Schylling Tin Plate Toys – The Joy Of Traditional Toys

Back in 1974, Jack Schylling, working in Cambridge, MA, saw a wind-up bird fly past his third-floor office window. He immediately ran down to the street and bought one from the seller. Enchanted with the item, he then wrote to the manufacturer in France to order his own supply, and subsequently went into business selling the toy birds on the streets of Boston. The rest is now history.
Twenty-five years later the Schylling Toy Company sells more than 300 different types of toys in some 15,000 retail locations around the world.
The success of Schylling Toys is proof that replica cars haven’t been completely replaced by Xboxes and iPods in the toy chests of America’s youth. Company president Jack Schylling has an office surrounded by antique toys that he uses as inspiration for the company’s creations.
Lithographed tin was introduced to toys in the 1880’s whereby various colours and detail were printed on flat sheets of metal by a lithographic press; the various pieces were then formed by dies and assembled with small tabs. The first toy usage for tin plate in the United States dates back to 1895.
In the early decades of the 20th century, Germany was the leading producer of tin toys in the world. German tin toys were innovative and well made. They dominated the market up to the outbreak of World War II. When peace returned, toy makers everywhere had a great deal of lost ground to recover. However, once the toy industry was back in full production, Japan assumed the lead and began to control the market with the addition of many new novelties. Not just wind-up and friction driven, some Japanese tin toys were powered by batteries and able to provide flashing lights and sounds. In the 50’s and early 60’s, the Japanese had flooded the market with many appealingly designed tin toys and a large percentage of them were aimed at the USA with items familiar to the Americans. But despite the initial resurgence of tin toy popularity in the post-war era, tin toy manufacturing was faced with steadily increasing difficulties. They included changing consumer demands, new safety regulations and competition from plastic toy makers. By the 70’s, Japan had reduced the tin toy output so dramatically that many factories had ceased production altogether.
China began to produce tin toys in the early 20’s although initially they were primitive and poorly made. As Japanese tin toy manufacturing declined, China assumed the role of the leading tin toy maker in the world. Early Chinese toys were noted for their cheap prices, which often reflected in their quality. Nowadays they are made to a much higher standard, yet retain the edge of being very affordable.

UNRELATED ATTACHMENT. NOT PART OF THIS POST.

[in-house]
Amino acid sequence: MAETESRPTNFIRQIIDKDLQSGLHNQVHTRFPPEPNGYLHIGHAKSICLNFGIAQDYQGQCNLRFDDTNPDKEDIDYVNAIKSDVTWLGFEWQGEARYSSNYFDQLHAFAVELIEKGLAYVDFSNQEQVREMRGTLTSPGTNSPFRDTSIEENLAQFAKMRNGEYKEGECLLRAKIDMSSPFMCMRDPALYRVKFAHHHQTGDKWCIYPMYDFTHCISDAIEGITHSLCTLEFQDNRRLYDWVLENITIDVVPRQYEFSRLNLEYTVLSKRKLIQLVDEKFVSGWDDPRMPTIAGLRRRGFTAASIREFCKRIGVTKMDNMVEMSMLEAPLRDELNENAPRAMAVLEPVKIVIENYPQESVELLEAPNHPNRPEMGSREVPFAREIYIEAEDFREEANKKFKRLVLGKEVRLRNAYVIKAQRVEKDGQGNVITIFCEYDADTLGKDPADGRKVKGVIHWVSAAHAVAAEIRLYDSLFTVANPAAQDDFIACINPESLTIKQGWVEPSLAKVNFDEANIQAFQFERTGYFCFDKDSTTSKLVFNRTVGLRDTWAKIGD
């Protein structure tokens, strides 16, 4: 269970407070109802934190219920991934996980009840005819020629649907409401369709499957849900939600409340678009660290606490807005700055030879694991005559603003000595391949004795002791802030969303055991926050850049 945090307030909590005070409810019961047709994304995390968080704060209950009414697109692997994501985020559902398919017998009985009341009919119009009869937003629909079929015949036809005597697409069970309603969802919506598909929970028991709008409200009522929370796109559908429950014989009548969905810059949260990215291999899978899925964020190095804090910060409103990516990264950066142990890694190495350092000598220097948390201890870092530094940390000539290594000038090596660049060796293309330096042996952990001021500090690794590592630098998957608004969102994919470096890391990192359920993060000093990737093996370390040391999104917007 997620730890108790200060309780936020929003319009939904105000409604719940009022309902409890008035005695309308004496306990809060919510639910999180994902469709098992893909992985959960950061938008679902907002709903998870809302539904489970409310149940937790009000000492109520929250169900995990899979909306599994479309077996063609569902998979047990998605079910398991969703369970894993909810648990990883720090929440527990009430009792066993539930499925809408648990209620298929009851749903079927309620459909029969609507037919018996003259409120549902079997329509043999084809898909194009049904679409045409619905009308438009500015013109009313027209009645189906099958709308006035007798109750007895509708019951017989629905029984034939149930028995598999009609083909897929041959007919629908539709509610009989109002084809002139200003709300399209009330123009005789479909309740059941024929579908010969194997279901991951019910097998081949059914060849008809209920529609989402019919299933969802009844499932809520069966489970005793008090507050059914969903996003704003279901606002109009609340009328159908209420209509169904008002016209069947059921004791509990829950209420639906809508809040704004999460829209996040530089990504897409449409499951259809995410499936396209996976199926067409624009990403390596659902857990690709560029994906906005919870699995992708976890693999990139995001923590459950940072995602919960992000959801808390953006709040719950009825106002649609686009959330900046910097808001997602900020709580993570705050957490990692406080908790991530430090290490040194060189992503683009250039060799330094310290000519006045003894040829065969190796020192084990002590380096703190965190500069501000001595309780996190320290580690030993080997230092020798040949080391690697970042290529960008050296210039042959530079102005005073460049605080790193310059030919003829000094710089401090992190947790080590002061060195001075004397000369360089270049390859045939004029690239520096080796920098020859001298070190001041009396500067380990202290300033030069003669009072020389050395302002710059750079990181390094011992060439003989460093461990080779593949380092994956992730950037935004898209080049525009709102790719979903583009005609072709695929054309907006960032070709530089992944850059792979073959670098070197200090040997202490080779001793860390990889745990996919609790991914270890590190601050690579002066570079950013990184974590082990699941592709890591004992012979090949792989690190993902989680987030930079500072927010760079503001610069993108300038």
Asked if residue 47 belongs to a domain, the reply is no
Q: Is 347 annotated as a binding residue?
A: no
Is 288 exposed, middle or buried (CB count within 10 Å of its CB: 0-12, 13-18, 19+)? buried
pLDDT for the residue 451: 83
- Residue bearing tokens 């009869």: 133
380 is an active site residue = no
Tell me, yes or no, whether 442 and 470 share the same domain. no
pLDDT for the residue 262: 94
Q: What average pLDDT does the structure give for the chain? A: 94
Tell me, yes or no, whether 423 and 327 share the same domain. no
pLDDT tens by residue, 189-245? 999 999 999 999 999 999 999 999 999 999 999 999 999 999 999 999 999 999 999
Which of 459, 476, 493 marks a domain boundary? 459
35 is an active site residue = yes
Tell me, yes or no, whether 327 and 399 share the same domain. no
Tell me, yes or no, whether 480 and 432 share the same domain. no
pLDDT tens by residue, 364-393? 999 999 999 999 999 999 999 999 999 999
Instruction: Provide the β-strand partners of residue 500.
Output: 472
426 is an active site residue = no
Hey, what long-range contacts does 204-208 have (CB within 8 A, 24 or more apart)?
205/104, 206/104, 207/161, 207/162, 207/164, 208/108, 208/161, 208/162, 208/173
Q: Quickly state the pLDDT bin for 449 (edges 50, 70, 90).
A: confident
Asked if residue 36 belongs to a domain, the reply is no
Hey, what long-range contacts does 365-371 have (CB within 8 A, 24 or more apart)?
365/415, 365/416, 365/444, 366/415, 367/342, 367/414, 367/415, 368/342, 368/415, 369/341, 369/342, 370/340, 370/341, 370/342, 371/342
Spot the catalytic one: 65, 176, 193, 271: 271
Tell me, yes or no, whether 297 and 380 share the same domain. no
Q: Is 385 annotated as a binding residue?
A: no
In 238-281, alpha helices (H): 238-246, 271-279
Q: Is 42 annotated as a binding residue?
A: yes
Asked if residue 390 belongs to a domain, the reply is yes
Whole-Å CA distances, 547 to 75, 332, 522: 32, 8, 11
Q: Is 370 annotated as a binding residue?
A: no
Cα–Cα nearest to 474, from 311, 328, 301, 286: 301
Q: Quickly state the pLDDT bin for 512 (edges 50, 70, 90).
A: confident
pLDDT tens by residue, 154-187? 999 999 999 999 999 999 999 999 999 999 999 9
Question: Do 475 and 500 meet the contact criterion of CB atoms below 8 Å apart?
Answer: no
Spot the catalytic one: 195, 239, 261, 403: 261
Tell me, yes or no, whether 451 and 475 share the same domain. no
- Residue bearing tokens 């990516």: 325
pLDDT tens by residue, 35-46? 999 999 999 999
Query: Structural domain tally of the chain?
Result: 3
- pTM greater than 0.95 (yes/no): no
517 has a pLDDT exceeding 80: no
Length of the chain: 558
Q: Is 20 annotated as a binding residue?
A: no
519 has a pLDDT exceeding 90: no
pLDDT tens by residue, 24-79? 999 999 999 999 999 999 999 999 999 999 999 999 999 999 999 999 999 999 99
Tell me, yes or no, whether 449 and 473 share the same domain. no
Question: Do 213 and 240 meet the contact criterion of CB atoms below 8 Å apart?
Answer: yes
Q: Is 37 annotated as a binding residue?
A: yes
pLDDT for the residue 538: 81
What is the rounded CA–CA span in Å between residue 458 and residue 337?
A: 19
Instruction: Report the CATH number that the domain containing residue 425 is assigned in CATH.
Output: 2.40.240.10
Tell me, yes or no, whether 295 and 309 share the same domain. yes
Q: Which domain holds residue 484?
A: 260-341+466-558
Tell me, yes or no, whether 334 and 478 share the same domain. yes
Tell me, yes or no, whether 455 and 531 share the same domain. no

MeandMyCar is the only UK on-line retailer to stock the complete range of Schylling toy cars. These include the landspeed record cars: the 1933 Bluebird, the Golden Arrow and the Sunbeam 1000, plus the Sir Ian Bluebird, Vintage Racer, Streamliner cars and the Auto Speedway.
The 1933 Bluebird driven by Sir Malcolm Campbell, set a record speed of 272.46 mph over a ten and a half mile course, at Daytona Beach on 22 February 1933. The original car was powered by a supercharged 2,500-hp V-12 Rolls Royce ‘Schneider Trophy’ type R aero engine and was fitted with specially developed tyres by Dunlop. Conditions on the day were poor and despite beating his previous record by 20mph, Sir Malcolm always felt that the car could have done considerably better under more favourable weather conditions.
This fantastic 50cm tinplate model of the 1933 car features : clockwork wind up motor – tinplate body – detailed paintwork and driver figure – rubber tyres – beautifully illustrated box.
The Sunbeam 1000 was an incredible car, powered by two 12 cylinder aircraft engines of over 22,000 cc and 500 horsepower each. It weighed over three tons, and on March 29, 1927, in front of a crowd of 35,000 at Daytona Beach, Florida, it set a new world land speed record of 203.792 miles per hour.
The car was manufactured at the Sunbeam Motor Company’s Moorfield Works in Wolverhampton, England, exclusively for British driver Major Henry Segrave, whose record achievement made him an instant celebrity worldwide.
Typical production cars of 1927 had engines of 20+50 horsepower and the concept of traveling 200 miles per hour was only a dream of science fiction. The design of the Sunbeam 1000 was equally amazing, with a sleek aerodynamic shape that appears contemporary even today.
The Sunbeam 1000 with its wind-up motor includes a rich history of the quest for speed, and is a great addition to any tin collection.
The legendary Golden Arrow was driven by Henry Segrave to a land speed record of 231.567 mph at Daytona Beach on 11 March 1929. The Golden Arrow only performed once, powered by a 900 bhp 23.9 litre Napier Lion 12-cylinder aero engine.
Schylling’s wind up classic is a faithful reproduction of the tinplate model originally produced by Kingsbury in the 1930’s. At over 50cm long, it features: steerable front wheels – clockwork wind-up motor – tinplate body – rubber tyre – detailed paintwork and driver figure – beautifully boxed and numbered with matching certificate.
Modern toy legislation means that Schylling cars can only be sold to those over 14 and are now more for adult collectors than children. Each toy comes with its own certificate, proving that it is a genuine Schylling item and they remain a lovely addition to any collection and a reminder of the appeal of traditional toys.